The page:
About the Report
“Disrupting Carceral Systems: BPDA’s Recommendations to the Biden-Harris Administration” provides the Black public defender perspective on carceral systems that harm Black communities and outlines federal legislation, regulation, and enforcement strategies to the Biden-Harris Administration. BPDA also addresses the long-standing harms caused by policing and prosecutorial and judicial discretion.
The paper takes a deep dive into seven carceral systems that holistic defenders work within, and identifies strategies the Biden-Harris Administration should implement to disrupt these systems. Black defenders have both lived experience and professional knowledge that informs their work, and they offer a unique expertise that must be heard. BPDA draws attention to the following carceral systems: Juvenile Dependency, Juvenile Delinquency, Education, Immigration, Incarceration, Reentry, and Housing.
This report is a product of collective thoughts from BPDA members, allies, and experts, with supplemental research by BPDA leadership and staff. BPDA held four listening sessions, during which Black defenders shared their thoughts on the identified carceral systems, as well as a roundtable discussion with allies.
Key Carceral Systems and Recommendations:
- Dependency – Harms: Black children disproportionately are placed in foster care, a pipeline to the criminal legal system.
Disruptions: Support the repeal of the Adoption and Safe Families Act (ASFA) and the Child Abuse Prevention Treatment Act (CAPTA), which have led more to harmful family separations than to reunification and support. Support initiatives that fund states’ support of prevention services, Prioritize dependency over delinquency.
- Delinquency – Harms: Black children are grossly disproportionately arrested, confined, and tried in adult court.
Disruptions: Abolish juvenile confinement, abolish of transfers of children to adult court and abolish of juvenile life without parole sentences. apply evidence-based approaches to reduce racial and ethnic disparities (RED).
- Education – Harms: Black students are disproportionately arrested. Confined students have little access to special education. Incarcerated adults have almost no access to postsecondary education programs.
Disruptions: Defund and remove police from schools, Provide special education and related services to youth in custody. Ensure credit transfer, credit-bearing education, and high school graduation Fasttrack availability of Pell Grants in correctional facilities.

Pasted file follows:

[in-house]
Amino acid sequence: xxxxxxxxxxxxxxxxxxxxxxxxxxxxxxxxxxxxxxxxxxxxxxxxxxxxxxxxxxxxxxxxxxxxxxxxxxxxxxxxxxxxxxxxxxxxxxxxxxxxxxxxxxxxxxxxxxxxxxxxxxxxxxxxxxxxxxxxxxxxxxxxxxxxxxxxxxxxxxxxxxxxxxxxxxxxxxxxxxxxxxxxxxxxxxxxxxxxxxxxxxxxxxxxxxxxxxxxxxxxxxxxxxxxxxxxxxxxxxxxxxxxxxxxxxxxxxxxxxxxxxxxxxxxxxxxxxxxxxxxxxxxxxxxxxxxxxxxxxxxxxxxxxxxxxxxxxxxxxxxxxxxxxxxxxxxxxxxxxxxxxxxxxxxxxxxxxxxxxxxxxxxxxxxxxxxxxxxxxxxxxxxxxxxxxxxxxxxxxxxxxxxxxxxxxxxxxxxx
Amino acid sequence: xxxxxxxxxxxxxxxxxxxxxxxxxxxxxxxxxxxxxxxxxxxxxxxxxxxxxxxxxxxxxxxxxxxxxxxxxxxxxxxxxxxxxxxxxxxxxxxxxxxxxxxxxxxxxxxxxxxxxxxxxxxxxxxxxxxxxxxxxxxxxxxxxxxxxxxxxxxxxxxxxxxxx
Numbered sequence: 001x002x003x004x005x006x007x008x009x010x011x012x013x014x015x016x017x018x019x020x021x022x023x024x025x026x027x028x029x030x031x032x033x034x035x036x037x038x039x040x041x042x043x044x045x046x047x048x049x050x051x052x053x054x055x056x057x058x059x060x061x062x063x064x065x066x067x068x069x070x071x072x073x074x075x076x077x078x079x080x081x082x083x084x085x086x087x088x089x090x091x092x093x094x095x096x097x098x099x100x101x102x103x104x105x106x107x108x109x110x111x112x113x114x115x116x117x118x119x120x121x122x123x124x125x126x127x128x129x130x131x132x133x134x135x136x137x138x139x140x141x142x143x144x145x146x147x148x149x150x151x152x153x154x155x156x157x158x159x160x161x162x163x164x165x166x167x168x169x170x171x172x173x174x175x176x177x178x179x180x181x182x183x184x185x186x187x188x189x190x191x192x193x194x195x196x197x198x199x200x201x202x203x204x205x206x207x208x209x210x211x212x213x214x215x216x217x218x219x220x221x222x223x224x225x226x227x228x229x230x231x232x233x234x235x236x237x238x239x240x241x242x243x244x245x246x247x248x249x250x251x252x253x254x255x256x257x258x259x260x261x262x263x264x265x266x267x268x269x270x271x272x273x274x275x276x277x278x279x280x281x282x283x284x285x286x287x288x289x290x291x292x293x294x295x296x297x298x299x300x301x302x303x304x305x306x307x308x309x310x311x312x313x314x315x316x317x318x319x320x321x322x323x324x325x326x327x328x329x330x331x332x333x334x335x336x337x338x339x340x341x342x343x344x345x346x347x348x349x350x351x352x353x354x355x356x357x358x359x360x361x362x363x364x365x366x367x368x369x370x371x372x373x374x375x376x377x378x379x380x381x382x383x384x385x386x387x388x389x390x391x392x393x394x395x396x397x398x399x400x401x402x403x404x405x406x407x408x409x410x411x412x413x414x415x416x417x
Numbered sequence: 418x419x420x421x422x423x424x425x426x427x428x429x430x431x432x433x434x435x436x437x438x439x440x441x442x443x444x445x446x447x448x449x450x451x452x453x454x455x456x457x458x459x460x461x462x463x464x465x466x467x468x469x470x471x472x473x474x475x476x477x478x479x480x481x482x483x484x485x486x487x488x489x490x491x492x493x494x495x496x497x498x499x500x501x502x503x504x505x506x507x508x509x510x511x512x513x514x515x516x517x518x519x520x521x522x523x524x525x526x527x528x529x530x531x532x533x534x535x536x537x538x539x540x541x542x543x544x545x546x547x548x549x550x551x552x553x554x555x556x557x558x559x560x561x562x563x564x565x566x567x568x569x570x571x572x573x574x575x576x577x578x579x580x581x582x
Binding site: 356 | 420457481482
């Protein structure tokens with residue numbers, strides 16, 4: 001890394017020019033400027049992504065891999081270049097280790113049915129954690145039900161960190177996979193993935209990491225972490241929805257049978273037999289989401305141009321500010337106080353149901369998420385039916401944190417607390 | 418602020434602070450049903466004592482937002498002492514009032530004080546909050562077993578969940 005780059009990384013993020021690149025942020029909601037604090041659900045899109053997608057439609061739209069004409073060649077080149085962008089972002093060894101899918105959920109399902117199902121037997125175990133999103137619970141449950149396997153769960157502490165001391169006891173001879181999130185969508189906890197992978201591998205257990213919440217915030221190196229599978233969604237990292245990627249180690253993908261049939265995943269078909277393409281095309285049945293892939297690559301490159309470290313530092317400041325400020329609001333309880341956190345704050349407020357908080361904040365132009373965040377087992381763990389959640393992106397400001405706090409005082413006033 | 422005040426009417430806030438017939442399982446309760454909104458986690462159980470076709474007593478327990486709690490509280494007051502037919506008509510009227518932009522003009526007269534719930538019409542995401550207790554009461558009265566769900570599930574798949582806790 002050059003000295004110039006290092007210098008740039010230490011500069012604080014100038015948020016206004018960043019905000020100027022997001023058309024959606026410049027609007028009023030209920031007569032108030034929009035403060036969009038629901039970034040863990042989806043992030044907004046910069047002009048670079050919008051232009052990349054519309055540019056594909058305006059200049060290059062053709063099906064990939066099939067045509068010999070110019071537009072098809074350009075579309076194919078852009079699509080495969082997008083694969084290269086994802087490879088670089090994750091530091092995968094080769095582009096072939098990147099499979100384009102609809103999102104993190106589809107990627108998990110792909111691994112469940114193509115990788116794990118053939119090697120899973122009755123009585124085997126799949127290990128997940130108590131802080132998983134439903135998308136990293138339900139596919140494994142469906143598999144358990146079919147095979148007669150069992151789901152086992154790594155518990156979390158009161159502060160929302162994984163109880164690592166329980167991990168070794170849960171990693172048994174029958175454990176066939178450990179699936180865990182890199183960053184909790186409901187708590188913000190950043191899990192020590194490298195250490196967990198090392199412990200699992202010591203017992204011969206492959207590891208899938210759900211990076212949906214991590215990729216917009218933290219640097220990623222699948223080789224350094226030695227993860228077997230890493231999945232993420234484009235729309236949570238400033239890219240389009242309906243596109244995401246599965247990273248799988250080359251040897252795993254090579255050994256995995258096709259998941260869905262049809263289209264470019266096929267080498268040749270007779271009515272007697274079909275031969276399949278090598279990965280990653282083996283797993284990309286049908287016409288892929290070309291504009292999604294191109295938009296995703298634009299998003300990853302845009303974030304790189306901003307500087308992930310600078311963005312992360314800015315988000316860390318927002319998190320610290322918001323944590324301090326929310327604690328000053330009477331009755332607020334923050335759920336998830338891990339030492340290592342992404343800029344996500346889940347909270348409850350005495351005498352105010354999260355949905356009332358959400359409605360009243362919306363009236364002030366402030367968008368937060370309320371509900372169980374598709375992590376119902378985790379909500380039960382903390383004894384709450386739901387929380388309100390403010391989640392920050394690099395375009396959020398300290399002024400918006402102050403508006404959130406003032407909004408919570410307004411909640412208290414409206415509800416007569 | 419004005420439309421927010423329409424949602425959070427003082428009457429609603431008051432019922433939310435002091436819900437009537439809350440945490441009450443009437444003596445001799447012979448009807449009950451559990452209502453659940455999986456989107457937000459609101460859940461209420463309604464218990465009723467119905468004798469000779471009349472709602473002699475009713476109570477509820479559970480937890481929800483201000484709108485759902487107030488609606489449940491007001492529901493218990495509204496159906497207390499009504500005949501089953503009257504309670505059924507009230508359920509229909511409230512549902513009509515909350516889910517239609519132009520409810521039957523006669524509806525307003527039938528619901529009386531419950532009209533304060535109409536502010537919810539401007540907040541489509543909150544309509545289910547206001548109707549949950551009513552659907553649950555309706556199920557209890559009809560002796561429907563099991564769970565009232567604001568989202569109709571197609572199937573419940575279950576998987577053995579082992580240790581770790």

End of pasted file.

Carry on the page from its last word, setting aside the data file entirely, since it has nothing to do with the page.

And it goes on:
- Immigration – Harms: Black immigrants are disproportionately arrested and deported on criminal grounds compared to all immigrants.
Disruptions: Support the repeal of the “1996 immigration laws” that make criminal contact the deciding factor for immigration status, Support the New Way Forward Act. Defund of ICE and repurpose funding to support non-carceral alternatives to detention.
- Incarceration – Harms: Black people are grossly disproportionately incarcerated in the U.S. due to racist policies and practices of the criminal legal system.
Disruptions: Work to reverse the effects of the Violent Crime Control Act and Law Enforcement Act of 1994 and other laws that turbo-charged mass incarceration. Eliminate mandatory minimums, death penalty, incarceration for technical violations. money bail, solitary confinement. Defund police and corrections to fund alternatives to detention and incarceration.
- Reentry – Harms: Over 70 million people have criminal records, and they face more than 44,000 collateral consequences.
Disruptions: Support automatic sealing pf criminal records, Champion “Ban the Box” to disrupt discrimination Support programs run by returning residents. Restore voting rights for returning residents.
- Housing – Harms: People who are unhoused are more likely to be arrested; and formerly incarcerated are more likely to be homeless.
Disruptions: Enforce and strengthen the Fair Housing Act. Champion the re-introduction of the Fair Chance at Housing Act of 2019. Increase affordable housing. Support families housing returning residents. Challenge “quality of life” laws that criminalize homelessness.